Because the two mountains sit at the equator, their summit temperatures remain in a relatively constant range; days at the equator do not shift the way they do as in latitudes approaching the poles. Instead, they have a steady twelve hours of daylight, twelve hours of night with very little variation, 365 days a year. Literally, there can be more than a 100 degree decline in temperature as one ascends from the sultry bases to the frigid summits of both mountains. Mt. Kilimanjaro’s glacier doesn’t look like a flowing sort of glacier found in seasonally-affected mountains, it’s a big block of ice sitting at the rim, and temperatures there at 19,000 feet lurk at negative 3 degrees F and lower. That would be 35 degrees below freezing point. There is very little atmosphere at 19,000 feet, the air is very thin and has a very low capacity to hold any sort of heat or water vapor, so it’s extremely dry and cold, much too cold to “melt” anything.

But Al Gore showed photos of a once bigger ice cap than today. There are at least two factors. One, the snowfall has been measurably less as the region has been in a drought for over decade. There just hasn’t been any significant rainfall, and so, little snowpack added up top. But nearby Mt. Kenya has had closer to average rainfall, and its glacier isn’t showing much change in size, so the drought is a localized problem. Rains in that region resemble very much Arizonan rain patterns – produced by cells rather than comprehensive cloud cover. Two, at the summit, a different process is at work. In extremely cold, dry conditions, the ice/solid to water/liquid to water vapor/gas transformation skips a step. Under the right conditions, ice can “sublimate” or evaporate into the air without any melting. In the bitter cold and extremely dry environment of the summit at over 19,000 feet, it is simply too cold for melting. “Sublimation” is not a function of “warming” but of chilling.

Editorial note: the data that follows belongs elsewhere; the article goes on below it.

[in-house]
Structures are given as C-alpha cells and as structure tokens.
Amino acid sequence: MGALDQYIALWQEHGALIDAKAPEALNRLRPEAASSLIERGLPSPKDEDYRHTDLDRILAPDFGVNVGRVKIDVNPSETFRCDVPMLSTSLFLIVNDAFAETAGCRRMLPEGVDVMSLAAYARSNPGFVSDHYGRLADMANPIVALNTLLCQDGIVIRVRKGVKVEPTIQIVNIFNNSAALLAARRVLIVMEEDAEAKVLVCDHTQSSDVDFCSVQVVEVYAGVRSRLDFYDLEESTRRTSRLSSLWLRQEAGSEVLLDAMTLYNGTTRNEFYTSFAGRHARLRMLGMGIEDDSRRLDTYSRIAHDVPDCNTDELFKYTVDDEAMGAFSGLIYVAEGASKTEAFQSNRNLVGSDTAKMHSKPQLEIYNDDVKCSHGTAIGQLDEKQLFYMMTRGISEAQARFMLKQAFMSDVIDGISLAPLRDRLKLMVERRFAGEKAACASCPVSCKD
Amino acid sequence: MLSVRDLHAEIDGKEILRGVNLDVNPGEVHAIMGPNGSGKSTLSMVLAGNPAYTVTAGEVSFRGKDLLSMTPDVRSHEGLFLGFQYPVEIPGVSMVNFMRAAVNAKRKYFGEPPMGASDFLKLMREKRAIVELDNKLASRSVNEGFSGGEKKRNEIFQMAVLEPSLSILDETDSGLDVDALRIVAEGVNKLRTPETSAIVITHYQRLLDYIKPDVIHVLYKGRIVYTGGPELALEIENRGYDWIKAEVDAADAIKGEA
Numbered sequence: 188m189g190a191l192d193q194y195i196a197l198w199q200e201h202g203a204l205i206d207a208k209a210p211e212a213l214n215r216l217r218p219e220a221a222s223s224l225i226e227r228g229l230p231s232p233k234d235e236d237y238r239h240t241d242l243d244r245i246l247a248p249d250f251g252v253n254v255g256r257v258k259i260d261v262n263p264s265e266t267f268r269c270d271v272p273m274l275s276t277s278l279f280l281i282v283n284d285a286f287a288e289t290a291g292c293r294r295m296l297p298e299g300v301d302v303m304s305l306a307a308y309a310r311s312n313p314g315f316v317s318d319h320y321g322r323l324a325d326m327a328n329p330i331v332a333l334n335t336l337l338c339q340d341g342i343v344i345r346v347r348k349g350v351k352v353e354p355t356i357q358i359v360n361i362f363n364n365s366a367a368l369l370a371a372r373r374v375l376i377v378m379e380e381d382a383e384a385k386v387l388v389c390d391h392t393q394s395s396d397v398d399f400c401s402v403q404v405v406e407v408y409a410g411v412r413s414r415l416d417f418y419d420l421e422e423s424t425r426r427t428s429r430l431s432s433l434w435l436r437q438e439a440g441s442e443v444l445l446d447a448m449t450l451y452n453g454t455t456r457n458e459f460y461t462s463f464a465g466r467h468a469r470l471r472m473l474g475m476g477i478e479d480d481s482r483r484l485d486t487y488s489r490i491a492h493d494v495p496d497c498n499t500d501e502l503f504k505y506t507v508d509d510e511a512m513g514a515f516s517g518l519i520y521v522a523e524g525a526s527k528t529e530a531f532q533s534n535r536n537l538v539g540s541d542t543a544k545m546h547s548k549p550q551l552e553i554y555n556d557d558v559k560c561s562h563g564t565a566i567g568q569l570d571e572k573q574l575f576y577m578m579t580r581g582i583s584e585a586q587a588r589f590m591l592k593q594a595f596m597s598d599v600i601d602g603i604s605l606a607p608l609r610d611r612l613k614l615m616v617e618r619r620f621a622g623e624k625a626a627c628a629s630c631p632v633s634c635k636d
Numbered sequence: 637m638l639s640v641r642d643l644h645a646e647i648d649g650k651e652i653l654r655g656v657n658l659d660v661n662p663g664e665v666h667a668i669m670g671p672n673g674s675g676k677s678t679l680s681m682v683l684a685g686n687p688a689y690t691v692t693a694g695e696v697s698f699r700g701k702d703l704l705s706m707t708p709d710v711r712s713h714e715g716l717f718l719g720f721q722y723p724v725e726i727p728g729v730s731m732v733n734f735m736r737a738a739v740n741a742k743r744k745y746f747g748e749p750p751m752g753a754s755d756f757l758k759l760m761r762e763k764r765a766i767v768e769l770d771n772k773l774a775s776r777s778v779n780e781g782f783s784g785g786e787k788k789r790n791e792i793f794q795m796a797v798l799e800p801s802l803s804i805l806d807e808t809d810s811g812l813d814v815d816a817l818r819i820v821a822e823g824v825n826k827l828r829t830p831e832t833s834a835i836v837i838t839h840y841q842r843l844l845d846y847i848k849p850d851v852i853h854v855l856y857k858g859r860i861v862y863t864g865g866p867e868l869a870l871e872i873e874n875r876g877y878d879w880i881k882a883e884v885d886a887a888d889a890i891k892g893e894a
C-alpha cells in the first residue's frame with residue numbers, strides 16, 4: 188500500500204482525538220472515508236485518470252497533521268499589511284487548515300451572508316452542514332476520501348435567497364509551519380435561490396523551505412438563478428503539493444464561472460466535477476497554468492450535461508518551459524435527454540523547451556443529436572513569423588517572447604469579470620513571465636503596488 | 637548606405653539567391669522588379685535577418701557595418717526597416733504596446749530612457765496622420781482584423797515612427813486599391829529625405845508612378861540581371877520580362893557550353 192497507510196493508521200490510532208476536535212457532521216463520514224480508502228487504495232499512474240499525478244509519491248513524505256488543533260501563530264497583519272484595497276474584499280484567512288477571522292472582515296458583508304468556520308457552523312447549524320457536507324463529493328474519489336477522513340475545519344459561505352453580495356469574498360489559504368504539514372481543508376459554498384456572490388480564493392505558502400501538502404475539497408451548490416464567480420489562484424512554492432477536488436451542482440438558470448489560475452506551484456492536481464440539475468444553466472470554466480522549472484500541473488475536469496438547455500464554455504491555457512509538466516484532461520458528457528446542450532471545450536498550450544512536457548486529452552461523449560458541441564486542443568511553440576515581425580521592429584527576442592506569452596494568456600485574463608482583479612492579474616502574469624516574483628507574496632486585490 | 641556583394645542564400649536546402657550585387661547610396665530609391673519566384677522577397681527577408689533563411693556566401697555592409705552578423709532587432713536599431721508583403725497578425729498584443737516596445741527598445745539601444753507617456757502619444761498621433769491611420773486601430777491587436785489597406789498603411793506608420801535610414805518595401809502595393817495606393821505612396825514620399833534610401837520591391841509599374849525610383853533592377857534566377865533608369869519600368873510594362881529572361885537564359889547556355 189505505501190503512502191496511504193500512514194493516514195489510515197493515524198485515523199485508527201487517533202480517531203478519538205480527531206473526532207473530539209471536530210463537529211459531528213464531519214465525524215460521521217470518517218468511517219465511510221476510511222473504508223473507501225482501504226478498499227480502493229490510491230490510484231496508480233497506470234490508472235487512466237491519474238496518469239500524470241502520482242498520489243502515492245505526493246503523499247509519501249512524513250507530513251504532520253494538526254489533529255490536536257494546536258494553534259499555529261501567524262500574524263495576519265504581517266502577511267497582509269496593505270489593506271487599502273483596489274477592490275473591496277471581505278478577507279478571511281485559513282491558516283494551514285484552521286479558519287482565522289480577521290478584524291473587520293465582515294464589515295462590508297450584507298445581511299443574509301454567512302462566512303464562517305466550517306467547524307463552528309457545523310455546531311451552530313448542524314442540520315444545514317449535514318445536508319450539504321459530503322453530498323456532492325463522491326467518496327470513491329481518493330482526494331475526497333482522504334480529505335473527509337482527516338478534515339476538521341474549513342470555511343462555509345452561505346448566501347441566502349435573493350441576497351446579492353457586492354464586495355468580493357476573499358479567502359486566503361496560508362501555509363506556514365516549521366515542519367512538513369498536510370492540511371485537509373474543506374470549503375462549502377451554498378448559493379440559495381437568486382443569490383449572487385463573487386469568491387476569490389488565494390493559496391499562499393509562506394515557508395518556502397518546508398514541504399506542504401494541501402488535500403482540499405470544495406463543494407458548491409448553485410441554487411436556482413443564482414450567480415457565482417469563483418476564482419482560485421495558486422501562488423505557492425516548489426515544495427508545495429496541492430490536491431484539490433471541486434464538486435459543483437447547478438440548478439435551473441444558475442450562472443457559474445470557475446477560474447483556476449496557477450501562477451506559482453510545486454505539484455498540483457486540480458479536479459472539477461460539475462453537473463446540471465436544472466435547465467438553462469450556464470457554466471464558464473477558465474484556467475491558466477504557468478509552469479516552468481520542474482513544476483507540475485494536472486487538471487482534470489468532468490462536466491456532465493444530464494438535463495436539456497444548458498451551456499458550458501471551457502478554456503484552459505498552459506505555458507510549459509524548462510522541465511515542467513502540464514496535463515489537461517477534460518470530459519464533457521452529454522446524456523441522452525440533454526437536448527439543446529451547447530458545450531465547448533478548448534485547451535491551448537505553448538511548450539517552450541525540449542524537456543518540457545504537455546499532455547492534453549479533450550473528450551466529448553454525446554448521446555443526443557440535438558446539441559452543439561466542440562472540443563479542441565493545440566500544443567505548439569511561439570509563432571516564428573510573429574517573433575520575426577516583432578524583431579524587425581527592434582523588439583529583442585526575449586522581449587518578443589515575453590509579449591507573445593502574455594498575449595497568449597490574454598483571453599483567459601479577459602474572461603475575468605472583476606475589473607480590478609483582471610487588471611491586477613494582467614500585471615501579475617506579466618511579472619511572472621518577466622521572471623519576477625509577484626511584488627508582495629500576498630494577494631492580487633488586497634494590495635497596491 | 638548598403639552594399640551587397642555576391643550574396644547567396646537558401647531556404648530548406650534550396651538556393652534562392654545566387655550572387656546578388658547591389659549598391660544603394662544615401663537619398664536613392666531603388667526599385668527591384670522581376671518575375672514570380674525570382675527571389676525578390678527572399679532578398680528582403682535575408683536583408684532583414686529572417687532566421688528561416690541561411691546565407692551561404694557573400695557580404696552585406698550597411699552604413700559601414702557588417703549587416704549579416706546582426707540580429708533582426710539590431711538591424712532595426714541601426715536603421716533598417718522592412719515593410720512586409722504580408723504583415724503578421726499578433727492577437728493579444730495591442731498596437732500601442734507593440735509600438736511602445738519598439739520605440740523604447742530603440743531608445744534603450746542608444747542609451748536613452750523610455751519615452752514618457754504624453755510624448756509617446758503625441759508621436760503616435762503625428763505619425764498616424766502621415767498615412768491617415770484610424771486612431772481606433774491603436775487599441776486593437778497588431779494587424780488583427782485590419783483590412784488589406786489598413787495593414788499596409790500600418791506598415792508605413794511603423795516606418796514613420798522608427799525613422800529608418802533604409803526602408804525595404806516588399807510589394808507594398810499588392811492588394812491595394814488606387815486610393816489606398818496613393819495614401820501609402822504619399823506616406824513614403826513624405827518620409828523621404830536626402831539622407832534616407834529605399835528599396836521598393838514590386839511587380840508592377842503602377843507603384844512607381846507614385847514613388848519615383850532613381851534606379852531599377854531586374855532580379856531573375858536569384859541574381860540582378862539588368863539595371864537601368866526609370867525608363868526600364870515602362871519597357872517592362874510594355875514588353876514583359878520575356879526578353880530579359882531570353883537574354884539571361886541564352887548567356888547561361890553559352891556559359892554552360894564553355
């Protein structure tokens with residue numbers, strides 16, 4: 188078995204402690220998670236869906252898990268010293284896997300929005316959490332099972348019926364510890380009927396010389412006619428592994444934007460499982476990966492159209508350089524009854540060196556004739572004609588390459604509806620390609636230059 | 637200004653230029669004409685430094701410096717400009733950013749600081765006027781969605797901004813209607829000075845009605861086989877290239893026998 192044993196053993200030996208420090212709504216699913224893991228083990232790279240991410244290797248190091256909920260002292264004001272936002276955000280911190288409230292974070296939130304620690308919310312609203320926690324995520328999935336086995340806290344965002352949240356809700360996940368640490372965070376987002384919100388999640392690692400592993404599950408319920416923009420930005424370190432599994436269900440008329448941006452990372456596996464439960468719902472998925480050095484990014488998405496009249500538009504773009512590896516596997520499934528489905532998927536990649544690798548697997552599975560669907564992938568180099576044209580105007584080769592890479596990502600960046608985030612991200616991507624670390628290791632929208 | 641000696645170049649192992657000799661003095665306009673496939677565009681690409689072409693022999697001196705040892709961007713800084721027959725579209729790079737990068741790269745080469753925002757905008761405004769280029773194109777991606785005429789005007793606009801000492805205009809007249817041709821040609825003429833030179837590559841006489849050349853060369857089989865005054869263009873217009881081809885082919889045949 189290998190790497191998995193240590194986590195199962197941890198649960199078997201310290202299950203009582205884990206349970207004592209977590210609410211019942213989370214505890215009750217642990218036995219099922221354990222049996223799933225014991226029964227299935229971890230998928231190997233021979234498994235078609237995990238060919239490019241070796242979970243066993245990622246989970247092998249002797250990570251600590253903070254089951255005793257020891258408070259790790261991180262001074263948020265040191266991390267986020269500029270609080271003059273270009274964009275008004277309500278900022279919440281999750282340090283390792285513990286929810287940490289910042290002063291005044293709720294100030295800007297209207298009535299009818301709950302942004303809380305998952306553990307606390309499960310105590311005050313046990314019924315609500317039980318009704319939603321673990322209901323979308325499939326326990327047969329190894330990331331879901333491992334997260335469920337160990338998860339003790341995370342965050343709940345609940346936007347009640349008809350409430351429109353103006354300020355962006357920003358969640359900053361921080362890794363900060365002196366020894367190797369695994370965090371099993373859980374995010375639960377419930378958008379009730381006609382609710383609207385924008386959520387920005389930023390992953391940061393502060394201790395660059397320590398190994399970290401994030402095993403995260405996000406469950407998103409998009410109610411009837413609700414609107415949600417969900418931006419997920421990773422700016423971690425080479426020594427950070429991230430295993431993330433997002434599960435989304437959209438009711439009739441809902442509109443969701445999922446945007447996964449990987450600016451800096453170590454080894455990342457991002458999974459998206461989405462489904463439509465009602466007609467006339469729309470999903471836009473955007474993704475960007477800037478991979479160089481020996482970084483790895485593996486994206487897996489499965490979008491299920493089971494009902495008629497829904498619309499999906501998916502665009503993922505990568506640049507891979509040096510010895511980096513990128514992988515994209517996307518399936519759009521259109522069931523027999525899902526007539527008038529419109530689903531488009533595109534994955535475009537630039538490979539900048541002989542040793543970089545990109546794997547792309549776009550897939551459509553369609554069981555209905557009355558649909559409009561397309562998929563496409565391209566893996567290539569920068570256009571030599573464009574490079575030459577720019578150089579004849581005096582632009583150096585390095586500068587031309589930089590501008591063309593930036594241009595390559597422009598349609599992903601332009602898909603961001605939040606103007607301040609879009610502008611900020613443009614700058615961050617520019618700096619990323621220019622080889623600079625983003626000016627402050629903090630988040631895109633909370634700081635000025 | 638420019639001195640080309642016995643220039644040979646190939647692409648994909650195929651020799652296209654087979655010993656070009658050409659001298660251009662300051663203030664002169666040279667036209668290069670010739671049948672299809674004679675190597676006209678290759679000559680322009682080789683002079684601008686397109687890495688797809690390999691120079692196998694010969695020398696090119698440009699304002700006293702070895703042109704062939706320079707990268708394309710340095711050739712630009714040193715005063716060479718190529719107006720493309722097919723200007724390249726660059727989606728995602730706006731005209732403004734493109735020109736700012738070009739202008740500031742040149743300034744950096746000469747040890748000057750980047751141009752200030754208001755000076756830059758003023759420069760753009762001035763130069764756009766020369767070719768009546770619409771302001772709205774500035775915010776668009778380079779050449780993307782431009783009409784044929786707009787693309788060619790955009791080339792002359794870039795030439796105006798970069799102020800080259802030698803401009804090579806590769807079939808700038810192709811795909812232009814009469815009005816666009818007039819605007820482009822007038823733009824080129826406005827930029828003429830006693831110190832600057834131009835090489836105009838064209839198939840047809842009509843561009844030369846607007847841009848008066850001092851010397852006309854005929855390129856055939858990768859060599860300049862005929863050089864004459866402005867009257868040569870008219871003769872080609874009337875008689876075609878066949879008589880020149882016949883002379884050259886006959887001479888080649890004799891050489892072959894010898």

The snows of Kilimanjaro have not been “melting” from “global warming.” At 19,000 feet, the thin atmosphere will never be dense enough at that altitude to hold heat even with any potential rise in global temperatures at lower altitudes. The “fact” of the “melting” is not a fact, but a fraud or in today’s debate, a “trick” to hide the truth. 32 degrees F has a meaning and a significance that too many people today do not apply to real life.

Time to refresh ourselves of that old adage: “Fool me once, shame on you; fool me twice, shame on me.”